Last week was a very big week for marriage equality in the United States.
The U.S. Supreme Court begins each new term in October. This year, as the Court convened, three same-sex marriage decisions from three different U.S. Circuit Courts of Appeals were on deck. The states of Oklahoma, Utah, Wisconsin, Indiana, and Virginia submitted petitions for writs of certiorari, asking the Supreme Court to reverse the lower court decisions striking down their gay marriage bans. The general consensus was that the Court would take up at least one of the cases during the term.
General consensus was wrong. The Supreme Court denied certiorari in each of the cases, meaning the rulings of the Fourth, Seventh, and Tenth Circuits would stand as the prevailing law, and all states within those Circuits would be bound to abide by them. This non-action by the Court immediately impacted more than just the five states with rulings. The same-sex marriage bans in twelve total states were either immediately dead or soon to be eliminated.
Then, in the same week, the Ninth Circuit Court of Appeals affirmed the demise of bans in Nevada and Idaho (and spelled the end for the bans in Montana, Arizona, and Alaska). As of the time of this writing, same-sex marriage is fully legal in 29 states and D.C., with nearly 60% of all Americans living in states with marriage equality.
This incredible momentum toward equality isn't the entire story, however. The Supreme Court's unwillingness to reconsider any same-sex marriage cases to this point doesn't mean they won't in the future. As Justice Ruth Bader Ginsburg suggested in a recent interview, if one of the remaining Circuits left to rule on the issue should uphold a state's ban, a "Circuit split" would be created and the Court would likely change its tune.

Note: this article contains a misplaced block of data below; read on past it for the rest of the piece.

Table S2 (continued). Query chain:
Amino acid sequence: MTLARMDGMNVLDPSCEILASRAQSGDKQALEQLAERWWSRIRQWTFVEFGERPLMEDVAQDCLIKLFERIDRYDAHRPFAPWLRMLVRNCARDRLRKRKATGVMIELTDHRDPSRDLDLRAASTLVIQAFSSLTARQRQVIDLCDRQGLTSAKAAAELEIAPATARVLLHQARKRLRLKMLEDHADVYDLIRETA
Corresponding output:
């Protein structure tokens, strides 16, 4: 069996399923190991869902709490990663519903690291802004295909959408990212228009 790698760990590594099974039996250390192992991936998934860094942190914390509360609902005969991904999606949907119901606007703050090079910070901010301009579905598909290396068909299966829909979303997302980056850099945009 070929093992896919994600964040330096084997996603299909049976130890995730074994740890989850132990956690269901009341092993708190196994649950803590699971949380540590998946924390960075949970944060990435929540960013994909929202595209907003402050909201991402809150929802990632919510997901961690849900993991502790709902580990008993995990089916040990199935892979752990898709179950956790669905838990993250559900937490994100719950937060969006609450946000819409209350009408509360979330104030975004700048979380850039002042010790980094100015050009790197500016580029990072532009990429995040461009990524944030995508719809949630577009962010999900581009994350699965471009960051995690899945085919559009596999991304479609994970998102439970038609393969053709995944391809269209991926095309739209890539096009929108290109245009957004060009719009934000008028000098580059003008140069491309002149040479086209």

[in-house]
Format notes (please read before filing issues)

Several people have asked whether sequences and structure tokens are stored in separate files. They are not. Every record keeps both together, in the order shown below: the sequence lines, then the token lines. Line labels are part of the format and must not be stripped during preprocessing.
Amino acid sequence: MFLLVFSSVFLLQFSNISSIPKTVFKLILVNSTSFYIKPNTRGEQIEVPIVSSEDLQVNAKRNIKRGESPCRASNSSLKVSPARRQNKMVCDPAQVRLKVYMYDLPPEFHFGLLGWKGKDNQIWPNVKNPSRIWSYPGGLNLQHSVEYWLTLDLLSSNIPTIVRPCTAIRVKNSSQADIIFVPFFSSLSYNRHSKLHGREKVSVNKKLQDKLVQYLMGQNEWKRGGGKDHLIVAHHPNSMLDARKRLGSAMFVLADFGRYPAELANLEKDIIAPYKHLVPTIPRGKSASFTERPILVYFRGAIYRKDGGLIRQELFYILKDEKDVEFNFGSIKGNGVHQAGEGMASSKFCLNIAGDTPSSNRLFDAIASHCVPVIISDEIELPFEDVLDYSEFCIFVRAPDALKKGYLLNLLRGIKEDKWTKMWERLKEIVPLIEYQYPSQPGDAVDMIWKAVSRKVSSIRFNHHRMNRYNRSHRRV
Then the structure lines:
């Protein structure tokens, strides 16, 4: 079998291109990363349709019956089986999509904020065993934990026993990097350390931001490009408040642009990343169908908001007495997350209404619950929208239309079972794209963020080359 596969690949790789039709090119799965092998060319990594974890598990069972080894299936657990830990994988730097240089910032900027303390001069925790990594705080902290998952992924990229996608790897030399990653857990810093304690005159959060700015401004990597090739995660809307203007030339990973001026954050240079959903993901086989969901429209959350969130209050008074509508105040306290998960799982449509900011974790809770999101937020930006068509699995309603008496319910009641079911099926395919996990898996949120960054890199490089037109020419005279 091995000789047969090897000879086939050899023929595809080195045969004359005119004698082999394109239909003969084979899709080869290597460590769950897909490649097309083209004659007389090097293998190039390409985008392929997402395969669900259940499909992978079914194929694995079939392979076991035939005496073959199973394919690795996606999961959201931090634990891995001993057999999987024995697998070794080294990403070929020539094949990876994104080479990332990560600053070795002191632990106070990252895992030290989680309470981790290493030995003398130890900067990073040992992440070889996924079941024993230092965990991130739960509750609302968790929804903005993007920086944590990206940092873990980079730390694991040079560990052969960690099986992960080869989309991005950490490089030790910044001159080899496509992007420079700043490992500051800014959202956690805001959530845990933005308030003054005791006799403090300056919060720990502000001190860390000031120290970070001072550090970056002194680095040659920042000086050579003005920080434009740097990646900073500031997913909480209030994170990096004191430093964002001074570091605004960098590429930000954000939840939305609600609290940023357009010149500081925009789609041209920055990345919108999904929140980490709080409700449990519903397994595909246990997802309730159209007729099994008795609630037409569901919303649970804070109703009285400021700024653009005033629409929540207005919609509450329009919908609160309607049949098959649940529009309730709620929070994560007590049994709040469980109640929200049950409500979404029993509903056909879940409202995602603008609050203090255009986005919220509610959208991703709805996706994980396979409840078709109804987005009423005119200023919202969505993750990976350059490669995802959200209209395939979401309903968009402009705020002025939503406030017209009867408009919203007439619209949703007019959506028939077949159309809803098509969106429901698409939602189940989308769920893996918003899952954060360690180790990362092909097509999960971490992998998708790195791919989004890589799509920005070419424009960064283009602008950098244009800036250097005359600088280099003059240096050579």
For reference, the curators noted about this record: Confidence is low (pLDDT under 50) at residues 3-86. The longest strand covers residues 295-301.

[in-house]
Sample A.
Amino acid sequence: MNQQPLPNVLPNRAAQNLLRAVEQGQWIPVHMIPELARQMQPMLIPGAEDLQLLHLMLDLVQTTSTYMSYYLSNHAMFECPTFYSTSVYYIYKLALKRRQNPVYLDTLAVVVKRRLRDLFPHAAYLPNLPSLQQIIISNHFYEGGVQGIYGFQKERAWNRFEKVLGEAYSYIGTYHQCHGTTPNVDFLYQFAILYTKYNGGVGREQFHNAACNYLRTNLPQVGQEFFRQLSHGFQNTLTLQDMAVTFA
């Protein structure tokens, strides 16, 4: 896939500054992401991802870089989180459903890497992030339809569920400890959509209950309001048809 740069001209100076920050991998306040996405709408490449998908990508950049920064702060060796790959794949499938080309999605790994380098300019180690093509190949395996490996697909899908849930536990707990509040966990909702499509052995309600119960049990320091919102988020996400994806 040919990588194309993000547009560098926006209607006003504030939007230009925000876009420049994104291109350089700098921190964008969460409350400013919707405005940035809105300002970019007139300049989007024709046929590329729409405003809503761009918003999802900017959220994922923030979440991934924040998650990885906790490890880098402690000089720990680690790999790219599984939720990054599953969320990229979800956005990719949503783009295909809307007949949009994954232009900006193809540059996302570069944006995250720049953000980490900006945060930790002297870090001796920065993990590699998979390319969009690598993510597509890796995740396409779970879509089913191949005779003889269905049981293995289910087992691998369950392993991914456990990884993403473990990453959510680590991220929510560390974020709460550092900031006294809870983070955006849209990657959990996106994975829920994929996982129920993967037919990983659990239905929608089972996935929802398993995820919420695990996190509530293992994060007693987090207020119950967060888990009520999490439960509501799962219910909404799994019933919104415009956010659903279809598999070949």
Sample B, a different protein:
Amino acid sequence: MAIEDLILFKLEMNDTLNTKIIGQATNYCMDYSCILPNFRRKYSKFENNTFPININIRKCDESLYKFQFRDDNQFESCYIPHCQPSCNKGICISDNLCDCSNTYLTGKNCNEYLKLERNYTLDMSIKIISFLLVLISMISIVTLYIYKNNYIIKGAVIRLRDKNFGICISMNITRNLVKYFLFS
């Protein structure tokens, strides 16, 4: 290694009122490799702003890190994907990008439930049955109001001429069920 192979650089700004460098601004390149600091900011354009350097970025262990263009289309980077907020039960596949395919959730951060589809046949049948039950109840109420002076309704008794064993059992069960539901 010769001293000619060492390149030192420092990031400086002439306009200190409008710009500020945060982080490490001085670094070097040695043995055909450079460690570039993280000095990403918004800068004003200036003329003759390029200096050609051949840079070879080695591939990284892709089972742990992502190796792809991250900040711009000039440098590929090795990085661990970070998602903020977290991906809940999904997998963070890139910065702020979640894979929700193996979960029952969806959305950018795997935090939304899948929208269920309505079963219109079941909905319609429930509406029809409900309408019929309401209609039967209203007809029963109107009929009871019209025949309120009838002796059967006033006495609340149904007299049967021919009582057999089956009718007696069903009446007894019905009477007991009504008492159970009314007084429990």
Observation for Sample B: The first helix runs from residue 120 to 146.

In some Circuits, the issue is dead without a fight. The First, Second, and Third Circuits consist of states that have already legalized same-sex marriage before the United States v. Windsor opinion. The Fourth, Seventh, Ninth, and Tenth Circuits have ruled unanimously against the bans.
But the Fifth Circuit (Texas, Louisiana, Mississippi), the Sixth Circuit (Kentucky, Ohio, Michigan, Tennessee), and the Eleventh Circuit (Florida, Georgia, Alabama) each have cases pending before them. The Sixth Circuit is the farthest along, having completed the briefing process and having heard oral arguments in cases from each of its states on August 6. The Fifth and Eleventh Circuits are still in the briefing stage.
The Sixth Circuit, before which are Kentucky's two cases (Bourke v. Beshear and Love v. Beshear), is considered a bit of a wild card. The three-judge panel was widely considered conservative (Judges Jeffrey Sutton and Deborah Cook were appointed by George W. Bush) with just one Democrat-appointed member, Senior Judge Martha Craig Daughtrey.
But assumptions aside, the oral arguments in the Sixth Circuit were extremely civil, without the sharp contrasts in opinions among the judges evident in the Fourth and Tenth Circuits. Judge Cook was mostly silent. Judge Daughtrey was highly critical of the states defending the bans. But Judge Sutton, the lead judge on the panel and considered by most as being (or at least having been) a top conservative prospect for a Supreme Court nomination, balanced his questions between both sides. He suggested to the same-sex marriage plaintiffs that the political process could be a better route for equality rather than the court system, but acknowledged the long history of discrimination they suffered and was unsympathetic toward state arguments about tradition and legal confusion.
If the Sixth Circuit rules as all of its sister Circuits so far have, then same-sex marriage could almost immediately become legal in four more states (including Kentucky). But if Judge Sutton and Judge Cook are inclined to uphold the state bans, then one or more of the cases from that Circuit could be headed to the U.S. Supreme Court to decide the issue once and for all.
And so far, all signs seem to indicate that the Supreme Court will affirm the court decisions striking down the same-sex marriage bans. If they're willing to let the rulings of the Fourth, Seventh, Ninth, and Tenth Circuits stand, bringing marriage equality to a dozen more states, it seems quite unlikely that they would snatch the licenses out of the hands of newly-married couples all across the country at some point later on.
As a member of the legal team in the Kentucky marriage cases, I often get asked by friends and media if I know when the Sixth Circuit will rule. Of course I do not. At the end of oral arguments in August, Judge Sutton said only that a ruling would come "soon," but a lot has changed since then. A ruling could come any day now.
Of course I hope for a ruling in favor of marriage equality. My clients, and same-sex couples like them from Michigan to Tennessee, have waited long enough to enjoy the same rights opposite-sex couples take for granted.